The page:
ANZ Bank trials mobile ePOS for iPhones
PAYING for a fixed dishwasher or fridge on-site has become a step easier thanks to a free iPhone application by ANZ Bank.
The bank is aiming the application at merchants with iPhones who are highly mobile and want to take payments quickly and securely, instead of lugging around portable EFTPOS machines.
Dubbed ANZ ePOS Mobile, the application can process on-the-spot credit and debit card transactions at a customer location.
Credit card details such as expiry date and card verification code are encrypted and no customer data is stored on the iPhone.
Authorisation does not require a signature or PIN as it is treated as a “card not present activity” — a form predominantly used to buy goods and services on the internet.
After payment is made an email bearing the receipt will be sent to the customer, who doesn’t incur any fees. Merchants, however, pay their standard rates to ANZ.
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Three merchants, including Fisher & Paykel Australia, are currently involved in a pilot to trial the software, ANZ head of innovation Peter Dalton told reporters in Sydney.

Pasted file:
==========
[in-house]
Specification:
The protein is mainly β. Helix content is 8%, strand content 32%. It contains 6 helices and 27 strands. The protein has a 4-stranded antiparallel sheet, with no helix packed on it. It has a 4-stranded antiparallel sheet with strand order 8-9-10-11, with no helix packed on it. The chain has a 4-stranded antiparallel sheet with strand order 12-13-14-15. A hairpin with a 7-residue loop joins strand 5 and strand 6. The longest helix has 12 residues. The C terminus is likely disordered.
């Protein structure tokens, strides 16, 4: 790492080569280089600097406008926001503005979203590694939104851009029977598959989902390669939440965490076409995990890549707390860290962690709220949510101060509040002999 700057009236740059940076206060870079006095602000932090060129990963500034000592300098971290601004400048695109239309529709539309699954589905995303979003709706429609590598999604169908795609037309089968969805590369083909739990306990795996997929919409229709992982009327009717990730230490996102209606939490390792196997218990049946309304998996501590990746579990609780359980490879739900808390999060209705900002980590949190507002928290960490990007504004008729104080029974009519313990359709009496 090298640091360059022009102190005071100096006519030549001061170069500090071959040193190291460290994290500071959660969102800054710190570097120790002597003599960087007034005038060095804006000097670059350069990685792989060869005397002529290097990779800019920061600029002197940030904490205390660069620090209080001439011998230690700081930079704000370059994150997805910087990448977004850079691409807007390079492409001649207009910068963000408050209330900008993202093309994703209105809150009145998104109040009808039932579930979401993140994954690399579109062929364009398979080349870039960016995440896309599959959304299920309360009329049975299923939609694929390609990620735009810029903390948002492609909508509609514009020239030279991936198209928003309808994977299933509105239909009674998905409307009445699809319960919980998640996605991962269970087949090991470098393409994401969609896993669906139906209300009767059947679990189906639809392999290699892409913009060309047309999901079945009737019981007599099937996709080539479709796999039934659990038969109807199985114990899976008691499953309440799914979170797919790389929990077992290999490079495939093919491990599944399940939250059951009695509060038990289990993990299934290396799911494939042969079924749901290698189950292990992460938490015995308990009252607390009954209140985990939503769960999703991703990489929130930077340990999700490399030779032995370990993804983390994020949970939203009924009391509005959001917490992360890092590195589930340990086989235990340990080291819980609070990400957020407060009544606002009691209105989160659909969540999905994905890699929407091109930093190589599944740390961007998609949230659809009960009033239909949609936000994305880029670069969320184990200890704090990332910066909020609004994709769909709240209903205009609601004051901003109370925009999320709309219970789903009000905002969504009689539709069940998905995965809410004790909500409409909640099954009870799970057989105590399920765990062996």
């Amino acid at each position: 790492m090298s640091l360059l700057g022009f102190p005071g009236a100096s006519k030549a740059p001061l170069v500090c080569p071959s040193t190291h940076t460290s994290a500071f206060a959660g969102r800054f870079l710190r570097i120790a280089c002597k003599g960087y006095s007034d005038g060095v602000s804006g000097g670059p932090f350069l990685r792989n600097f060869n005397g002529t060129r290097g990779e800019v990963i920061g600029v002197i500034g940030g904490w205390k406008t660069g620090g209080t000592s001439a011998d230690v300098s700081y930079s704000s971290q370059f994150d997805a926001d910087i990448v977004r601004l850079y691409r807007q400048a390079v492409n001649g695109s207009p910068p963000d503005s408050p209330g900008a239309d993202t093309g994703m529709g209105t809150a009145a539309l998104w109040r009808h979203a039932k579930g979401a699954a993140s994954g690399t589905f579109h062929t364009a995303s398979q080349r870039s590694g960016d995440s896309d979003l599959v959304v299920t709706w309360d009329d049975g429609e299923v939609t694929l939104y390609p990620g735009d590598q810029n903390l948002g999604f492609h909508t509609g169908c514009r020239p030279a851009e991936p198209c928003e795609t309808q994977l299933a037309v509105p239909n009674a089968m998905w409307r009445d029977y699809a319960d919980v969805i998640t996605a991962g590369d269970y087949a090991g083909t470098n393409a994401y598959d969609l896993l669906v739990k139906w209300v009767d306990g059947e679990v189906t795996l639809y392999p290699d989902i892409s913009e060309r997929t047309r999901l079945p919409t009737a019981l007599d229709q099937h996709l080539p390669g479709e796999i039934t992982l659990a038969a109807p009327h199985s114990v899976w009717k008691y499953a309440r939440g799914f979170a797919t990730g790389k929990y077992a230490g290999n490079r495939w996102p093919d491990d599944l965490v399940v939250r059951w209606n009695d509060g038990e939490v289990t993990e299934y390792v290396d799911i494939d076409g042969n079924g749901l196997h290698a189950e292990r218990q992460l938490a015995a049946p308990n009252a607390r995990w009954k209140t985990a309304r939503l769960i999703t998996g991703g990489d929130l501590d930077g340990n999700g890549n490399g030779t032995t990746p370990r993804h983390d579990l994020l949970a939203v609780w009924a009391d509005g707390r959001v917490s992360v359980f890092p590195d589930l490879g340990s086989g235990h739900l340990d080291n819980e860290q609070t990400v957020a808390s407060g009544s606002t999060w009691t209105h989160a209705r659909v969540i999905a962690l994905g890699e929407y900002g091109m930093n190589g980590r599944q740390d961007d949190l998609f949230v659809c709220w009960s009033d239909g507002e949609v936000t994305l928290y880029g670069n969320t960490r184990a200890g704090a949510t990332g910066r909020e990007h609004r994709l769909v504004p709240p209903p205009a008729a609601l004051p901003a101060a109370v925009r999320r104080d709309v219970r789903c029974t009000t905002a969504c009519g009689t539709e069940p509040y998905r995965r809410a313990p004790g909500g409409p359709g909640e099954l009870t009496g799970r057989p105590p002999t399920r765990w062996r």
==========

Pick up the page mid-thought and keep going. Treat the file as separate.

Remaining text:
ePOS Mobile accepts credit cards from all financial institutions but during the trials a limit of $1000 was set, Mr Dalton said.
Spruiking the security features of the application Mr Dalton said if an iPhone is stolen the bank can remotely cancel a transaction.
The pilot, which commenced in mid-March, will scale to 20 merchants until May, he said. The bank hopes to make ePOS Mobile available on iTunes in Australia by June, Mr Dalton said.
“We’re trying to deliver banking solutions that make things faster and simpler for our customers,” he said.
According to Fisher & Paykel customer care financial controller Rudolph Khoury, the application was easy to use and convenient. “I haven’t had to call anyone from ANZ about this during the trial.”
A mobile suit tailor and mobile car detailer are also testing ePOS Mobile .
The idea for the solution was conceived in August 2009 by Mr Dalton’s team and developed with help from Deloitte Digital. The total project cost was “in the vicinity of a couple of hundred thousand dollars”, he said.
“We chose to do this on the iPhone because of its growing market share. Also, the (iTunes) apps store makes it easy for people to download the application,” Mr Dalton said.
Mr Dalton’s 22-person team is also working to enhance products for internet banking and other platforms such as the Apple iPad.
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